Monthly Archives: February 2014

Brand, Journalism, Marketing

A few months ago, in The Future Of Owned Media and Can media become social enough?, I’d written about a marketplace model that would connect journalists and ‘buyers’. More recently, I saw an article about Contently raising a round of funding to work on its stated objective – connect freelance journalists and writers with nontraditional publishers, such as brands, agencies, nonprofits, and new media companies. These organizations use Contently’s technology to commission projects, such as sponsored articles, infographics, and blog posts.

Like I’ve tweeted before, journalism is definitely in need of a business model. Media (with advertising) is arguably not the best bet now, because of various reasons. Digital has allowed brands to create their own media platforms (blogs, websites) and social has enabled them to (at least) broadcast it themselves, without a dependency on traditional media. Frank Strong, in a post titled ‘Why Content Marketing is the new Branding‘, rightly states that content is currency. It not only builds perception, but enables us to transact with consumers, keep a conversation going, and at some point, achieve a certain business outcome.

However, except for campaigns, marketing collateral etc, brands have never really required/produced ‘content’ on a regular basis, and thus they are not wired for it. But content marketing obviously requires sustainable quality content, and that’s where brand journalism can play a part. I’d come across the term ‘brand journalism’ first on this post in early 2013 – ‘The Role of Brand Journalism in Content Marketing‘ – where it is defined as “research, storytelling and reporting for a non-media company, in that company’s line of business, with the goal of thought leadership.” (Erica Swallow) There’s a media vs non-media debate in the post, but my little tiff with the definition is that ‘thought leadership’ is rather limiting. There might be other business objectives/outcomes. Unless we’re talking of a leadership among the consumer’s thoughts. (share of mind)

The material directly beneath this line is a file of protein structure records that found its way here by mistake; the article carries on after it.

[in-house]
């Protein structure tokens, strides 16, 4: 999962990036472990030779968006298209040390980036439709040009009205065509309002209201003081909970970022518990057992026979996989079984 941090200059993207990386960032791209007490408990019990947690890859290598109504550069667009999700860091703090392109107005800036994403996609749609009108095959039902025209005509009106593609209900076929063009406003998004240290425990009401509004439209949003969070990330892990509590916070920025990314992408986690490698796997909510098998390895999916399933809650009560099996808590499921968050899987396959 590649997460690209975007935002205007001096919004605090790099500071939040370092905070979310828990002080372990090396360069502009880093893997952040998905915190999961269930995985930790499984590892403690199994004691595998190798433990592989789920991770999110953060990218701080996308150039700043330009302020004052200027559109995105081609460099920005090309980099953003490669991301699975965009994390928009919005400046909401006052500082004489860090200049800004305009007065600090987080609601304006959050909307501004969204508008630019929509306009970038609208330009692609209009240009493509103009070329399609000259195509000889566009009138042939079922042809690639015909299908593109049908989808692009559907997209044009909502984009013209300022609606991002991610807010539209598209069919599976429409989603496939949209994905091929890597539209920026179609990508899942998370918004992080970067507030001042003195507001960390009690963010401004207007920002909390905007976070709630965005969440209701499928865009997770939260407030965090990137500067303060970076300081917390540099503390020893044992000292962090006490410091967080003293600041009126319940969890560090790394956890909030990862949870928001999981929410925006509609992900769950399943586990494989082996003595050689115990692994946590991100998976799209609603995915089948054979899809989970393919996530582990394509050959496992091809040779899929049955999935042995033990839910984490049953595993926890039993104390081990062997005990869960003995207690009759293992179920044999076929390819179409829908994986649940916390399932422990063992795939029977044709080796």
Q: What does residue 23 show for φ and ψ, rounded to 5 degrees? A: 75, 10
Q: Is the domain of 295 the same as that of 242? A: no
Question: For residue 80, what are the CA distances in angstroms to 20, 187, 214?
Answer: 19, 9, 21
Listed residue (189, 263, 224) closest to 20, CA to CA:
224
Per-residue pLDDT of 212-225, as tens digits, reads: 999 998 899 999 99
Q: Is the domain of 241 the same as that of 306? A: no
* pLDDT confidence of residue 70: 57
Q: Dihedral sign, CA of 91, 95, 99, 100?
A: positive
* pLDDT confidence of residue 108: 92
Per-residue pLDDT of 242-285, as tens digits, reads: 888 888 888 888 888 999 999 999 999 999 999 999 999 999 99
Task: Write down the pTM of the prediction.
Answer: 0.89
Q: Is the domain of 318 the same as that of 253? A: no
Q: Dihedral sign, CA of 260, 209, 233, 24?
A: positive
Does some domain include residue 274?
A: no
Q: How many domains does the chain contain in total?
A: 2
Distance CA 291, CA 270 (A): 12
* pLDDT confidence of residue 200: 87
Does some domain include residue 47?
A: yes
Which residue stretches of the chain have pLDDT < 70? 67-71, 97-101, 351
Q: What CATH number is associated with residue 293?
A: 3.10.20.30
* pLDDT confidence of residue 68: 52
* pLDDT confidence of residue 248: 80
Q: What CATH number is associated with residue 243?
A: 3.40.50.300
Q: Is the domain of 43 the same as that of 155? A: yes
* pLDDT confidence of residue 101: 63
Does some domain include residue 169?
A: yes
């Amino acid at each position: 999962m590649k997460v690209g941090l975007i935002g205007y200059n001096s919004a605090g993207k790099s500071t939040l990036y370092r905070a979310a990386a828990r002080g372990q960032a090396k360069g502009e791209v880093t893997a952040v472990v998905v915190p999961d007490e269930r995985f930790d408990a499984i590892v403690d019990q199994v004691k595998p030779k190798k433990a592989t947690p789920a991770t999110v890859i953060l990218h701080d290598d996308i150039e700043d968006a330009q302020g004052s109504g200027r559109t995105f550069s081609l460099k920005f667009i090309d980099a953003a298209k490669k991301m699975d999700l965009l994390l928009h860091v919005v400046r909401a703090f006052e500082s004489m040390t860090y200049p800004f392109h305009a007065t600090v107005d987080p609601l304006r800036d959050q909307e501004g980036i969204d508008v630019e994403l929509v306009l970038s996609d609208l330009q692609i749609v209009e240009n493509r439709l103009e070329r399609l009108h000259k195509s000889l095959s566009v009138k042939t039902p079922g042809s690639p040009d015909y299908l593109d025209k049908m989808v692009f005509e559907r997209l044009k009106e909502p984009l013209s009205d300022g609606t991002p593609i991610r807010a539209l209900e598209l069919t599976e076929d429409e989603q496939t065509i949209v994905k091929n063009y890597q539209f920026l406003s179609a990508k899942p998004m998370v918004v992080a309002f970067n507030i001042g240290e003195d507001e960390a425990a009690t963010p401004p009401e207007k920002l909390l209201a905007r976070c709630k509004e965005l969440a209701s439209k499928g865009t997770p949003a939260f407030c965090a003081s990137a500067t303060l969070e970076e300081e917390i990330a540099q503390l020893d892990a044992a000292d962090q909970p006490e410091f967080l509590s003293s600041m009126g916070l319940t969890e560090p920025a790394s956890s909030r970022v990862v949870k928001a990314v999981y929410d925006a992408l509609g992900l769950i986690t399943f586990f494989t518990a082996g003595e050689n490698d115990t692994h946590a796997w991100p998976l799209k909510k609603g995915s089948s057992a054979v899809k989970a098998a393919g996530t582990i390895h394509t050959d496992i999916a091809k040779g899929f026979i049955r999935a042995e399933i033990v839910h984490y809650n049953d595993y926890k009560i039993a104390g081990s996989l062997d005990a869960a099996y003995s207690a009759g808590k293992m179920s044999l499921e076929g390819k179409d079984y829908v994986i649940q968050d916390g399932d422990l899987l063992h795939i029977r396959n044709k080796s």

Meanwhile, in addition to a structured way like Contently, I can see brands already doing other forms of brand journalism. (used loosely) I’d classify blogger outreach, guest Twitterers, all under this, because the brand is using a content creator’s contextual reputation to enhance its own standing. The latest example I saw was quite fantastic – teen retailer Wet Seal ‘handing over’ its Snapchat account to MissMeghanMakeup (aged 16) who has quite a social following on various platforms. (via) To note that this is not Miss Meghan’s only client!

I can paint a rather utopian win-win-win picture with this – brands with a purpose that has a social-societal perspective, journalists, who have created trust and a reputation of their own, who can identify with the brand’s purpose and who can write honestly (with disclosure) and consumers, who get to know more about the brands they align with through superb narratives created by these journalists. (among other storytellers) But I’d be surprised if it pans out this way anytime soon.